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Thanks everyone. I think I'll shift the radiator a bit to avoid studs (that will even look better, more symmetric with the window above) and fix to bricks using your advice. Will let you know. Please feel free to give further advice, if there's any.
 

Misterdog

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If you avoid the timbers don't 'bend' the plasterboard........

You could always fill the void behind the brackets with some expanding foam, if you wanted to stiffen it up.
 

J-G

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Thank you! Can I ask a final question, please?
If I fix to the bricks, should I avoid the battens and screw directly into bricks? I can do that by slightly shifting the radiator horizontally, which would be ok.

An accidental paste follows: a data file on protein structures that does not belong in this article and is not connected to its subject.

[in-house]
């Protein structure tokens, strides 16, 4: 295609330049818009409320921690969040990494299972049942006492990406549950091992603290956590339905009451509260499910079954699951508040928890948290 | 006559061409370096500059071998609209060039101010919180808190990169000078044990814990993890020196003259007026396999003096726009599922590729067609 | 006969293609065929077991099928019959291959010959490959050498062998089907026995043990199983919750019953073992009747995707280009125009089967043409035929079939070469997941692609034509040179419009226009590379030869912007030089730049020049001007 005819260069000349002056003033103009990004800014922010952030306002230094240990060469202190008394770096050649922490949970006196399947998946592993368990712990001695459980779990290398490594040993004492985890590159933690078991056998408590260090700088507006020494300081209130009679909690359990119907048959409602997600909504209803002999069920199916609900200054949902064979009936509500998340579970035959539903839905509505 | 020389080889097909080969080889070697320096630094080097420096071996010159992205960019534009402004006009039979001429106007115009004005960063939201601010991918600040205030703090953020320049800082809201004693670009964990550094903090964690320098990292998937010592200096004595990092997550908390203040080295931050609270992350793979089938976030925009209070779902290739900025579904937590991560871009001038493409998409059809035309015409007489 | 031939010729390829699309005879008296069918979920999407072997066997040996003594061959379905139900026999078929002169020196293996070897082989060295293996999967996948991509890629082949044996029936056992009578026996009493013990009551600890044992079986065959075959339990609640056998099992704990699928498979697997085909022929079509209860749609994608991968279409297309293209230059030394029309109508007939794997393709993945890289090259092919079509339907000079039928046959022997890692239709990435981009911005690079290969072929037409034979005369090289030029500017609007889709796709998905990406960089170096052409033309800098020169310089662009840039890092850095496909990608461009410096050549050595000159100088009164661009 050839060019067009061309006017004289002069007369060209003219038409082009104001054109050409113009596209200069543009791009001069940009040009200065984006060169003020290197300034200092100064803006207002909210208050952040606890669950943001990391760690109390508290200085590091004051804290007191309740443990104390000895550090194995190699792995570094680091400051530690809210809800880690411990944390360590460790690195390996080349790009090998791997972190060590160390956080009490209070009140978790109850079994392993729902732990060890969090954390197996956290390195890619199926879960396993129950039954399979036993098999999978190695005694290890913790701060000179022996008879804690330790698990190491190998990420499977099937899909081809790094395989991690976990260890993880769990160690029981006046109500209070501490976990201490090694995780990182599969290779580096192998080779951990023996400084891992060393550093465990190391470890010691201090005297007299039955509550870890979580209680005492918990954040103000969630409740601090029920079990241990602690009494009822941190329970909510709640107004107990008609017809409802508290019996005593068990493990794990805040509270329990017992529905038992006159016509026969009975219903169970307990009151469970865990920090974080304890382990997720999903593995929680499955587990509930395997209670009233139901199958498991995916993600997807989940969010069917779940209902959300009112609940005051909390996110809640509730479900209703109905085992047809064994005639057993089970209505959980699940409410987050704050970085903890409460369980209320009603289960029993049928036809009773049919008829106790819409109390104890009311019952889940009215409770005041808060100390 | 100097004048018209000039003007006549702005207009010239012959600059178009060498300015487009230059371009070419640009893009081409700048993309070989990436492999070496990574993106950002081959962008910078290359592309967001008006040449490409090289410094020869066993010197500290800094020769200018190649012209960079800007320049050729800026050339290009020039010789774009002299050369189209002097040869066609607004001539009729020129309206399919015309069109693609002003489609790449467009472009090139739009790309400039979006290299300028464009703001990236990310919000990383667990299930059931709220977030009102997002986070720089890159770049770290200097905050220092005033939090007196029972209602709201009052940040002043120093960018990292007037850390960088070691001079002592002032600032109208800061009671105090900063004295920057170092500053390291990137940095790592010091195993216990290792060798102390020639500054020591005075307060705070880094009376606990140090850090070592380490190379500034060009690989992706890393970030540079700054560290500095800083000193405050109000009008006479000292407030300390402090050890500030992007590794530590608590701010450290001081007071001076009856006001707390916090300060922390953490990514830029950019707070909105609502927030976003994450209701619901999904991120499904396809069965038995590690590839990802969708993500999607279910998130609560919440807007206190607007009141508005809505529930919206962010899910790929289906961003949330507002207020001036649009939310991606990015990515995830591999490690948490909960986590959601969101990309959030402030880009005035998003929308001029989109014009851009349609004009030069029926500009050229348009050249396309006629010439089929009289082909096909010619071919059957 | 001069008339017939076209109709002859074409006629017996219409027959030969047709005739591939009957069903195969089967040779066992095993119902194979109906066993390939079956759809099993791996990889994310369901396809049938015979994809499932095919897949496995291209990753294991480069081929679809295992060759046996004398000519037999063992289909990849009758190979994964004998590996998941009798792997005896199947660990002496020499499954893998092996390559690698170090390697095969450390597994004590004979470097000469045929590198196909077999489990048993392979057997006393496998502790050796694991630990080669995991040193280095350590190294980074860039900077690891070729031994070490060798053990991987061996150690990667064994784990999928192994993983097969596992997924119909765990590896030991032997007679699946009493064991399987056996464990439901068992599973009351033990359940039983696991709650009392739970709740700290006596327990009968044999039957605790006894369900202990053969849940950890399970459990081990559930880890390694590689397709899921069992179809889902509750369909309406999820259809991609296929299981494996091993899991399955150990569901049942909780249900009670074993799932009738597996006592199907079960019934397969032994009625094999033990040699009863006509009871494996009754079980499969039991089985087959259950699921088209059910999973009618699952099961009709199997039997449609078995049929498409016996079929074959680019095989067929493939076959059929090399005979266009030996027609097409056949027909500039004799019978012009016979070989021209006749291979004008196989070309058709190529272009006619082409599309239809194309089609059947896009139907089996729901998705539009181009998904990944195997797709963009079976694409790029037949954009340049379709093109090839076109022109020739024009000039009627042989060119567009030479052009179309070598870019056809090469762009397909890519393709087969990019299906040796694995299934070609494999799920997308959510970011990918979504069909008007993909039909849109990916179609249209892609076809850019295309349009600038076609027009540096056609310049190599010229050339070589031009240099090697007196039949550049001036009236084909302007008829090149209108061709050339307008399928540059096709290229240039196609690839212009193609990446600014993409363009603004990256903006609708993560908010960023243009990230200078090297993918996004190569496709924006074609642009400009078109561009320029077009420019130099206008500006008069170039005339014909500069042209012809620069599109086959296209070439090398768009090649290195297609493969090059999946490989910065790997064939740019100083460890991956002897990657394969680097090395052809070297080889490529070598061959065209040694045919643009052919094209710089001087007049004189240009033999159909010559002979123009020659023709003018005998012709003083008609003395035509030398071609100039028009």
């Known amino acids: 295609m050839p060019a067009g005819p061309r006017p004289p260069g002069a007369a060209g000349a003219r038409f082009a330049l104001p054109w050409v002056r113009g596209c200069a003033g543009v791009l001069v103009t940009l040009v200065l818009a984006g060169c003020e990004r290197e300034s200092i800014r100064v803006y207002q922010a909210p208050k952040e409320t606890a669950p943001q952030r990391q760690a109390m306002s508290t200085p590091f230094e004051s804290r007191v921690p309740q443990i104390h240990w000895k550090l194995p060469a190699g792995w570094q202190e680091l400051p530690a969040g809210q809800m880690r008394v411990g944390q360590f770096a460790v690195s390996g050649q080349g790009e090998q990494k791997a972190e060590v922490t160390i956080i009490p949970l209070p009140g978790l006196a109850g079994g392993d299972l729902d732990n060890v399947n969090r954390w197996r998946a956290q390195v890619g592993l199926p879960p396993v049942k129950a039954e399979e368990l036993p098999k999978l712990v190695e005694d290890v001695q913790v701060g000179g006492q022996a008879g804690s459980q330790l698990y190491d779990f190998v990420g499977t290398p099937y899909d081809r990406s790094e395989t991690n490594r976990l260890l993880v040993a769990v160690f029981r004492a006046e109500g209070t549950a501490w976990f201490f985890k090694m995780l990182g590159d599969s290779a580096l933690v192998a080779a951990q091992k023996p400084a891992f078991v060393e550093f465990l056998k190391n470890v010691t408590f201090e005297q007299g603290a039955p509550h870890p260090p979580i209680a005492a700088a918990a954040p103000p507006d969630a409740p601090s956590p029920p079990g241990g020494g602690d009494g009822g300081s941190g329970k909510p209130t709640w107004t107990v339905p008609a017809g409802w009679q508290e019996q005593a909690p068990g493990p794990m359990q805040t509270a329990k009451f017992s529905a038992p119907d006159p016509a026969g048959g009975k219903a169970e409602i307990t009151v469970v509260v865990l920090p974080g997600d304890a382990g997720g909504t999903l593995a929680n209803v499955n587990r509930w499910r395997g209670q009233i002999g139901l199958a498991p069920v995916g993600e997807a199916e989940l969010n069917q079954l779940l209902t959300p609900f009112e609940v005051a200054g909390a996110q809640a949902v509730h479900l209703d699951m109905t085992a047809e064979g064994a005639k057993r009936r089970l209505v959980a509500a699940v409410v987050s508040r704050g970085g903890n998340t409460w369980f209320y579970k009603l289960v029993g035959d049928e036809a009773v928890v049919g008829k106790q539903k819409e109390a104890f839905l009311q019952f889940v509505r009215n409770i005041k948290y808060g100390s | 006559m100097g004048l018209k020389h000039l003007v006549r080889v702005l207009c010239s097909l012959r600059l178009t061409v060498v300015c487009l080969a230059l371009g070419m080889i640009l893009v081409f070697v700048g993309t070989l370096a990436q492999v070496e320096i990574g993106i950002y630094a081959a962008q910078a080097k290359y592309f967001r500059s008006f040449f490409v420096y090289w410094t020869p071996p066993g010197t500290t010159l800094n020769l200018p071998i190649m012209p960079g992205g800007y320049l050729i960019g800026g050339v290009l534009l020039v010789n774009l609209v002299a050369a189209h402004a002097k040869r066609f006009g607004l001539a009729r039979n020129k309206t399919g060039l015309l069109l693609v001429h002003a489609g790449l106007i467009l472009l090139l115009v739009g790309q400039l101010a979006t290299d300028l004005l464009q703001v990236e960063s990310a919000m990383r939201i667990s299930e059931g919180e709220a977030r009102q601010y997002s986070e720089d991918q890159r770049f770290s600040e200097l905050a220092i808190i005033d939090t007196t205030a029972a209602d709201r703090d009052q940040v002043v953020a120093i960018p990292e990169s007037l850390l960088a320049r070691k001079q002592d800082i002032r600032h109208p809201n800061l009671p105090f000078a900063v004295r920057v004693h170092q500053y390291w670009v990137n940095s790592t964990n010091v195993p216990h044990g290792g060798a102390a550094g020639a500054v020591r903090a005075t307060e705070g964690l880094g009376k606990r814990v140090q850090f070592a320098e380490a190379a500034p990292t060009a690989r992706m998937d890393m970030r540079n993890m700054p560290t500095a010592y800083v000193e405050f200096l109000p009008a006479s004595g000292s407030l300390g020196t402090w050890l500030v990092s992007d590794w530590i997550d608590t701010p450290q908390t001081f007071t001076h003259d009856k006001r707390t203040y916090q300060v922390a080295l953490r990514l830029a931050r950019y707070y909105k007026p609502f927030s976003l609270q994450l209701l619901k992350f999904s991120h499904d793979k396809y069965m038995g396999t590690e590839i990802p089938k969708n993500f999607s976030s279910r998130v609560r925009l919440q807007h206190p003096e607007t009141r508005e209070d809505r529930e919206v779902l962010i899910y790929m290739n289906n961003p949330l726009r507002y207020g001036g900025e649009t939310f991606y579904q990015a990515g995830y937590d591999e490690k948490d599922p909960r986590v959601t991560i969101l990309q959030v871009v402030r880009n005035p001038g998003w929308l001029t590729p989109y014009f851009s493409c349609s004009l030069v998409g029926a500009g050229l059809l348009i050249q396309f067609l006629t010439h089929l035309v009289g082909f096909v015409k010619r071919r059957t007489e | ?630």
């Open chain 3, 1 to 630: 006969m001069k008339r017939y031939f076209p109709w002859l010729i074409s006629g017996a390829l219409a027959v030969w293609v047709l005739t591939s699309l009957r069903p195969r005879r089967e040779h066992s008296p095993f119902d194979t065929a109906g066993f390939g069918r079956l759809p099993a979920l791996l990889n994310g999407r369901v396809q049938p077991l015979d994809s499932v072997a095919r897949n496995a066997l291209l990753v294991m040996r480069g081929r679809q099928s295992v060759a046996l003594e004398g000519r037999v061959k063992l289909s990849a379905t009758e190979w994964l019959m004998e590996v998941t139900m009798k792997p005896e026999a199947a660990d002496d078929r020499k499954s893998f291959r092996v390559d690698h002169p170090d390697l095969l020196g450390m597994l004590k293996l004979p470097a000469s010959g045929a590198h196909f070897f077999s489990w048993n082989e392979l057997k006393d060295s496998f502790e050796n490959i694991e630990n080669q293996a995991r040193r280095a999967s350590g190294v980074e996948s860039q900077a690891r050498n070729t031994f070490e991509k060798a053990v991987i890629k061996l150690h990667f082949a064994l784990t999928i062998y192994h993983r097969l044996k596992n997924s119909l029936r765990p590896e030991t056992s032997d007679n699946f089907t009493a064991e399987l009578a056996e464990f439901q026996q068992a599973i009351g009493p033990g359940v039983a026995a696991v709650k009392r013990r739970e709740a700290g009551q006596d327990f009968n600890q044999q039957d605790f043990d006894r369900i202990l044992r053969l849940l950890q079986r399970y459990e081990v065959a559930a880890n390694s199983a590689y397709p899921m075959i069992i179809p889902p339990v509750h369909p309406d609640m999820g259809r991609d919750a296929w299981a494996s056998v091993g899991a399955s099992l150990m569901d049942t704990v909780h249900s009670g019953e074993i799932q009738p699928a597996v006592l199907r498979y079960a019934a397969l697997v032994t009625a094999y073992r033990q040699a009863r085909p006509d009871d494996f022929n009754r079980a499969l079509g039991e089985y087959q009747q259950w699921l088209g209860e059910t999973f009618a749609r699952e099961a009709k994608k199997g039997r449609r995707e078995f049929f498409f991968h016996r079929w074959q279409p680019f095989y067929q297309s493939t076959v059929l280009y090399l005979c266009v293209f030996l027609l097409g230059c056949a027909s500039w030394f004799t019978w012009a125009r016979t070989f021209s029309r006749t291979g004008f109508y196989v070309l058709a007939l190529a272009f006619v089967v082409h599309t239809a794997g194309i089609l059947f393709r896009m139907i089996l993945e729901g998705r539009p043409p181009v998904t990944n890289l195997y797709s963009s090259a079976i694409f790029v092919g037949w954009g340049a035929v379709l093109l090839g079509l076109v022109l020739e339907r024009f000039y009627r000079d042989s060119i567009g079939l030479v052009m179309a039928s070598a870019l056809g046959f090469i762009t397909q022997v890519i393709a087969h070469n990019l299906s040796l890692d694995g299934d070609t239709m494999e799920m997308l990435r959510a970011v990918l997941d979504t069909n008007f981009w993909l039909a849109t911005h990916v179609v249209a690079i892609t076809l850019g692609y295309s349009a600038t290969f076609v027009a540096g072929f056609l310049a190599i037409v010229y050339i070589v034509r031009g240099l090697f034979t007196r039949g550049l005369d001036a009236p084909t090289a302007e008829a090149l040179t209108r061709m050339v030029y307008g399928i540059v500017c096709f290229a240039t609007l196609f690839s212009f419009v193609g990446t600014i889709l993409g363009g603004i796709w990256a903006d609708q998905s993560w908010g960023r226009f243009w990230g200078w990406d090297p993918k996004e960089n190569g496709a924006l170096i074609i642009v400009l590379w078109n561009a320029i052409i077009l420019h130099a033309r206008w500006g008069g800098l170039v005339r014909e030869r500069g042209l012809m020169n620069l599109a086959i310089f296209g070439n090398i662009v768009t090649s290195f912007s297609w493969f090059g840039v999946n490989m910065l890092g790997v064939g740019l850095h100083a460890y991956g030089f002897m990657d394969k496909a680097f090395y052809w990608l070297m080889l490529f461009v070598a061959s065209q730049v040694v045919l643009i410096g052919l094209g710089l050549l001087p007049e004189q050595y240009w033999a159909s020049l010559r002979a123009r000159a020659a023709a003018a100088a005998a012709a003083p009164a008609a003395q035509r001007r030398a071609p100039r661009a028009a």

If it were my job I'd make sure that I didn't 'avoid the battens' ! Worst acceptable position (for me) would be that the screws just missed the battens.

As has been mentioned, screwing between the battens leaves you wide open to deforming the plasterboard and not having a firm/solid fixing.
 

phloaw

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If it were my job I'd make sure that I didn't 'avoid the battens' ! Worst acceptable position (for me) would be that the screws just missed the battens.

As has been mentioned, screwing between the battens leaves you wide open to deforming the plasterboard and not having a firm/solid fixing.
Sorry, I'm confused: are you suggesting to screw to the battens only or to the battens AND the (plugged) bricks?
 

Sachakins

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Try aiming for fixing to go through batten and into the brick also.
 

J-G

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Sorry, I'm confused: are you suggesting to screw to the battens only or to the battens AND the (plugged) bricks?
No - screw through the battens into the brick - I've drawn a guess as to what I would do given the brief information available. :--
Radiator Bracket Fixing.png

Although I've drawn Round Head Screws you may be using C/Snk and I've no idea how thick the brackets are nor how wide or what the spacing of the battens is but I hope the method I propose is clear.